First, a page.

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National Book Award Festival

By Ryan Welch

The National Book Award Festival is coming to Sam Houston State University April 9-16, 2019.  The events begin with a Memoir Workshop called “How to Tell Your Story” at the Wynne Home Arts Center which is followed by a Book-Up Bash at the Huntsville Public Library celebrating children’s books. 

The marquee event brings three National Book Award Finalist authors to the stage at the Gaertner Performing Arts Center to read selected portions of their books and have on-stage discussions, talk-show style, with Dr. Amanda Nowlin-O’Banion as the event’s host. 

The author discussions will be followed immediately with a book signing by the authors.  The National Book Award Festival concludes with two workshops conducted by the authors in the Evans Building, Fiction Craft Talk with Karan Mahajan, and Poetry Craft Talk with Monica Youn.  

The literary events are free and open to the public.  The times, dates, and locations of the events are posted on the flyer.

Dr. Amanda Nowlin-O'Banion is a Clinical Professor of Creative Writing at Sam Houston State University.  As the organizer of the National Book Award Festival O’Banion shared what the festival means to her.

“I grew up here, so for me it means making the community a better place.  I think we each have an obligation to improve the community where we live.  It is really about giving kids and adults the opportunity to read different books that they might not normally come into contact with.”

When O’Banion was asked why this even is important to the Sam Houston State University campus she replied, “We are one of only four campuses in the country to host this event. We represent the southwest and it is an honor.”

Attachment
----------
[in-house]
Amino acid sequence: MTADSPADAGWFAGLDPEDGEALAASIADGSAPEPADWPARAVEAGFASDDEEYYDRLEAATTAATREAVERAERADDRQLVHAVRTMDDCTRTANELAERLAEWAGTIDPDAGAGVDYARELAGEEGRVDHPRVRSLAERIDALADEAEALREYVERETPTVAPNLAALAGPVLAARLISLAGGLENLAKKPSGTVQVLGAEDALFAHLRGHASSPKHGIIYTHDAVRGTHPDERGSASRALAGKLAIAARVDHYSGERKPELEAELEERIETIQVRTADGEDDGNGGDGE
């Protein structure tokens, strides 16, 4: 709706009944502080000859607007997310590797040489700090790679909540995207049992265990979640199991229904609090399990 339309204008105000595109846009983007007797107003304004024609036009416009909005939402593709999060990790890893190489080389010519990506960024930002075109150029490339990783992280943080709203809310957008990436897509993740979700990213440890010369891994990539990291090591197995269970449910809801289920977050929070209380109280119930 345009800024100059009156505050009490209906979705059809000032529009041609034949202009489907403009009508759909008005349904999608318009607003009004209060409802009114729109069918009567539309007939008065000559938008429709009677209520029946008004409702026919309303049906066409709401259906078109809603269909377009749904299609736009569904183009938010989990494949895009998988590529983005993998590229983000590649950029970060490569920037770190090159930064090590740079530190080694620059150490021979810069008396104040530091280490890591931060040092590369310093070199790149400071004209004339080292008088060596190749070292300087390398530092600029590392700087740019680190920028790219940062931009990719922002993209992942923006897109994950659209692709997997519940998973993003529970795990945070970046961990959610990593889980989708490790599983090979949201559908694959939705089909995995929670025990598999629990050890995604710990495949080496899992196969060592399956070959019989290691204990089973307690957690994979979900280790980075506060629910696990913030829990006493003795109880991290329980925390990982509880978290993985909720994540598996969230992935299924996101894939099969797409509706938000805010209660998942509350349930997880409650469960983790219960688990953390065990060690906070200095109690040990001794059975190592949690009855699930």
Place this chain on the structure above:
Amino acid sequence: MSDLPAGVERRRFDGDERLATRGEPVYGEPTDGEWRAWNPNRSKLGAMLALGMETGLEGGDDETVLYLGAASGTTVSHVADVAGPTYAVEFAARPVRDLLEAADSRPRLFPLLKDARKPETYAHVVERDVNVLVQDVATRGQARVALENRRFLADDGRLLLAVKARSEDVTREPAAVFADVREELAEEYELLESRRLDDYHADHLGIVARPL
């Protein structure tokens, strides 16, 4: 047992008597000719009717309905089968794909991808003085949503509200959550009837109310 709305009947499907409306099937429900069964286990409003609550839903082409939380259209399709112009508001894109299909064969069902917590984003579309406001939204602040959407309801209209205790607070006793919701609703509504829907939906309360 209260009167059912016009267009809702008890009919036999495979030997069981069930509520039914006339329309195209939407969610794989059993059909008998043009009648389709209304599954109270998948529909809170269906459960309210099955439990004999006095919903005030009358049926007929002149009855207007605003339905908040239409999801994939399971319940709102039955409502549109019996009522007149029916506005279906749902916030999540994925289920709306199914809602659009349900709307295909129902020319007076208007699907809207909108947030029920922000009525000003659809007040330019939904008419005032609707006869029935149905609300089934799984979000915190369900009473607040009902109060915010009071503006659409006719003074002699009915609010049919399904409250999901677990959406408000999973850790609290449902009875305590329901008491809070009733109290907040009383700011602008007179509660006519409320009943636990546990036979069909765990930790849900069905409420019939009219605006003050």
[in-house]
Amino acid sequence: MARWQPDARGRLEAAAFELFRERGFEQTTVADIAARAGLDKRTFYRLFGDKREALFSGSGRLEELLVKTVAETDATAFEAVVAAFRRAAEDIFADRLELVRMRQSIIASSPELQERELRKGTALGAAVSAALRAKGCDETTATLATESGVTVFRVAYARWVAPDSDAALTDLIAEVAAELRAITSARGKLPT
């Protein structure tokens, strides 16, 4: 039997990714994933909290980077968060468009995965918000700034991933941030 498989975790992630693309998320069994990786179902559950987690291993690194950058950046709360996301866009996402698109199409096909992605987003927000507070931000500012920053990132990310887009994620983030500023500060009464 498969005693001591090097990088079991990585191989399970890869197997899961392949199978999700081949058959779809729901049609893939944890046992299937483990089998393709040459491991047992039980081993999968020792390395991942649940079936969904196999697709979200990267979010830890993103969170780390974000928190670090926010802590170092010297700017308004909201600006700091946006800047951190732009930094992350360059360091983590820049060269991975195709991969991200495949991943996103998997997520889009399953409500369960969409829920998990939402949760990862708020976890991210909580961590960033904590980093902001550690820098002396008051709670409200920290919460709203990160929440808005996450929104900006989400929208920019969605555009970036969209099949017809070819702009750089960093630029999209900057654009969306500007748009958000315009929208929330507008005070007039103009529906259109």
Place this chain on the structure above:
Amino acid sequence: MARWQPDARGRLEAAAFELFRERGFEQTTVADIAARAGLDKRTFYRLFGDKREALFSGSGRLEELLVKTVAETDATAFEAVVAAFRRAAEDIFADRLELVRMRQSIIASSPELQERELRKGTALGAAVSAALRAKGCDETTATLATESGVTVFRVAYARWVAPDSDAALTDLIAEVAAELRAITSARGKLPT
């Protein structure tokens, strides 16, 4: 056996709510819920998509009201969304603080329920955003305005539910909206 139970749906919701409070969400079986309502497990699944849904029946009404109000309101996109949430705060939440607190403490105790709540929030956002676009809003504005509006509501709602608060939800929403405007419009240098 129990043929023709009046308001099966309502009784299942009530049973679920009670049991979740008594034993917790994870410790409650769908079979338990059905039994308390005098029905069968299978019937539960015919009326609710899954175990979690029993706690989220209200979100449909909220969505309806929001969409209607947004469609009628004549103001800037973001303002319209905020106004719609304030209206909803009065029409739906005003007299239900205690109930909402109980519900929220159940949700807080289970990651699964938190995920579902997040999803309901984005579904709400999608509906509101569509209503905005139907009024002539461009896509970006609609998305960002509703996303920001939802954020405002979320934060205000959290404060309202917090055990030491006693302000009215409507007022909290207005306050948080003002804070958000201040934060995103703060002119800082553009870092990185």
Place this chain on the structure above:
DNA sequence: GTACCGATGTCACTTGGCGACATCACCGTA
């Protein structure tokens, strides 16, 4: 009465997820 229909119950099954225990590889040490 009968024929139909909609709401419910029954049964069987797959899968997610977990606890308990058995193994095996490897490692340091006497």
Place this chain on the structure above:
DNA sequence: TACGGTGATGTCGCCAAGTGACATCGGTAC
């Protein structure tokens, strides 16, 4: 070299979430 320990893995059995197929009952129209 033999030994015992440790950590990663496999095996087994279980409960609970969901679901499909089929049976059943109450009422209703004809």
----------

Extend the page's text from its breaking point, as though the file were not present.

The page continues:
O’Banion further explained, “It is a huge boon to the campus and the community because Huntsville is typically not a spot on anybody’s book tour.”

The three National Book Award Finalists coming to SHSU are Karan Mahajan who wrote The Association of Small Bombs, Erika Sanchez who authored I’m Not Your Perfect Mexican Daughter, and Monica Youn who wrote two books of poetry titled Ignatz and Blackacre.

According to O’Banion, Karan Mahajan’s Association of Small Bombs begins with a bombing in Delhi and follows the destruction of two families, one Muslim and the other Hindu, as a result of the bombing.  O’Banion said, “The Association of Small Bombs was nominated for the National Book Award in Fiction in 2016.”   

The finalist in the National Book Award for Young People’s Literature is Erika Sanchez’s I’m Not Your perfect Mexican Daughter.  O’Banion said, “The main character, Julia, is the daughter of undocumented parents.  Her older sister Olga had just died, and Olga was seemingly the perfect Mexican daughter.  This book is about Julia learning to live in her own space in a different culture than that of her parents.”

Monica Youn in the author of the two books of poetry, Ignatz and Blackacre.  Ignatz was a 2010 National Book Award Finalist for poetry and Blackacre was long-listed for the National Book Award for poetry in 2017.  Blackacre is a legal term for a hypothetical piece of land in a legal document but instead of representing a hypothetical piece of land, it represents the hypothetical space where a baby might live in a woman who is dealing with infertility according to O’Banion. O’Banion said, “Using this legal term to talk about something unexpected like infertility is what propels this book forward.”

This program is a joint endeavor of Sam Houston State University and the National Book Foundation sponsored by the College of Humanities and Social Sciences and the MFA Program in Creative Writing, Editing, and Publishing.

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